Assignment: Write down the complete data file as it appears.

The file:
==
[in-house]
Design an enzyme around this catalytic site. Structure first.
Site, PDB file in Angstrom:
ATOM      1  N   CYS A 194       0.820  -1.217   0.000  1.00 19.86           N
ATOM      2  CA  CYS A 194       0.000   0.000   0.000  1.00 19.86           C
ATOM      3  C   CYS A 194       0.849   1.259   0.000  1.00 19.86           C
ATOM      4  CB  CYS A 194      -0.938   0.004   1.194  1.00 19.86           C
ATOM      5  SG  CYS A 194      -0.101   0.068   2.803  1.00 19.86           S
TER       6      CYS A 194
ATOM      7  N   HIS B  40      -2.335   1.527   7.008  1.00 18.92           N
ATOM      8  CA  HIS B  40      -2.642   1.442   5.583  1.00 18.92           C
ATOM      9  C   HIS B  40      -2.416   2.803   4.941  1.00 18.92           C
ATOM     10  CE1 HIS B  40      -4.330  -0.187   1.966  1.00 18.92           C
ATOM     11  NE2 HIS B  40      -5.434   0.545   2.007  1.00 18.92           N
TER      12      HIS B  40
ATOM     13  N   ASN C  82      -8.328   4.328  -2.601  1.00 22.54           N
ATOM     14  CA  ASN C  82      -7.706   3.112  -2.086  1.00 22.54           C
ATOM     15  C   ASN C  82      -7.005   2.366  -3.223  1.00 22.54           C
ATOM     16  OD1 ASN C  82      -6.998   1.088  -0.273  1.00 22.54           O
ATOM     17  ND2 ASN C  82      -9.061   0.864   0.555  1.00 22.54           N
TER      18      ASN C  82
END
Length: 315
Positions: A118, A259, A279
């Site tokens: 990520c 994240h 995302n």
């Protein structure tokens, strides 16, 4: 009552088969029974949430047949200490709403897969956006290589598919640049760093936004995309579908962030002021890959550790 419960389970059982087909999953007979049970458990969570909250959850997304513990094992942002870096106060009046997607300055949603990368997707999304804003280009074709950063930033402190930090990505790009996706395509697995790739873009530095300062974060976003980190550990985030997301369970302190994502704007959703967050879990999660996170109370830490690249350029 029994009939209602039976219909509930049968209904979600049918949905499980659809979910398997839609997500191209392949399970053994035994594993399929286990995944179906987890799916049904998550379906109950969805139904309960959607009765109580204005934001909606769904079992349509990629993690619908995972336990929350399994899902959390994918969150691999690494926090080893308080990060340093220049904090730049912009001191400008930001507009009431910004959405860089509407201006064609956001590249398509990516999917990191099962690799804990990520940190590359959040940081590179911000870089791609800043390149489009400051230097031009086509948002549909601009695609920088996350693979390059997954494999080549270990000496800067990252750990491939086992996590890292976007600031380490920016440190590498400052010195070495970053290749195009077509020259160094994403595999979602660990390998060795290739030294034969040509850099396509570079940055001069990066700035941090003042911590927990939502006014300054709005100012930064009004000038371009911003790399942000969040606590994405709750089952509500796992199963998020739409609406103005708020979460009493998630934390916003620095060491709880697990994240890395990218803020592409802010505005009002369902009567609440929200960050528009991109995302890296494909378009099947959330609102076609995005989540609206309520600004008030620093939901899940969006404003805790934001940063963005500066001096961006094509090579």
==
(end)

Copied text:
[in-house]
Design an enzyme around this catalytic site. Structure first.
Site, PDB file in Angstrom:
ATOM      1  N   CYS A 194       0.820  -1.217   0.000  1.00 19.86           N
ATOM      2  CA  CYS A 194       0.000   0.000   0.000  1.00 19.86           C
ATOM      3  C   CYS A 194       0.849   1.259   0.000  1.00 19.86           C
ATOM      4  CB  CYS A 194      -0.938   0.004   1.194  1.00 19.86           C
ATOM      5  SG  CYS A 194      -0.101   0.068   2.803  1.00 19.86           S
TER       6      CYS A 194
ATOM      7  N   HIS B  40      -2.335   1.527   7.008  1.00 18.92           N
ATOM      8  CA  HIS B  40      -2.642   1.442   5.583  1.00 18.92           C
ATOM      9  C   HIS B  40      -2.416   2.803   4.941  1.00 18.92           C
ATOM     10  CE1 HIS B  40      -4.330  -0.187   1.966  1.00 18.92           C
ATOM     11  NE2 HIS B  40      -5.434   0.545   2.007  1.00 18.92           N
TER      12      HIS B  40
ATOM     13  N   ASN C  82      -8.328   4.328  -2.601  1.00 22.54           N
ATOM     14  CA  ASN C  82      -7.706   3.112  -2.086  1.00 22.54           C
ATOM     15  C   ASN C  82      -7.005   2.366  -3.223  1.00 22.54           C
ATOM     16  OD1 ASN C  82      -6.998   1.088  -0.273  1.00 22.54           O
ATOM     17  ND2 ASN C  82      -9.061   0.864   0.555  1.00 22.54           N
TER      18      ASN C  82
END
Length: 315
Positions: A118, A259, A279
């Site tokens: 990520c 994240h 995302n």
């Protein structure tokens, strides 16, 4: 009552088969029974949430047949200490709403897969956006290589598919640049760093936004995309579908962030002021890959550790 419960389970059982087909999953007979049970458990969570909250959850997304513990094992942002870096106060009046997607300055949603990368997707999304804003280009074709950063930033402190930090990505790009996706395509697995790739873009530095300062974060976003980190550990985030997301369970302190994502704007959703967050879990999660996170109370830490690249350029 029994009939209602039976219909509930049968209904979600049918949905499980659809979910398997839609997500191209392949399970053994035994594993399929286990995944179906987890799916049904998550379906109950969805139904309960959607009765109580204005934001909606769904079992349509990629993690619908995972336990929350399994899902959390994918969150691999690494926090080893308080990060340093220049904090730049912009001191400008930001507009009431910004959405860089509407201006064609956001590249398509990516999917990191099962690799804990990520940190590359959040940081590179911000870089791609800043390149489009400051230097031009086509948002549909601009695609920088996350693979390059997954494999080549270990000496800067990252750990491939086992996590890292976007600031380490920016440190590498400052010195070495970053290749195009077509020259160094994403595999979602660990390998060795290739030294034969040509850099396509570079940055001069990066700035941090003042911590927990939502006014300054709005100012930064009004000038371009911003790399942000969040606590994405709750089952509500796992199963998020739409609406103005708020979460009493998630934390916003620095060491709880697990994240890395990218803020592409802010505005009002369902009567609440929200960050528009991109995302890296494909378009099947959330609102076609995005989540609206309520600004008030620093939901899940969006404003805790934001940063963005500066001096961006094509090579």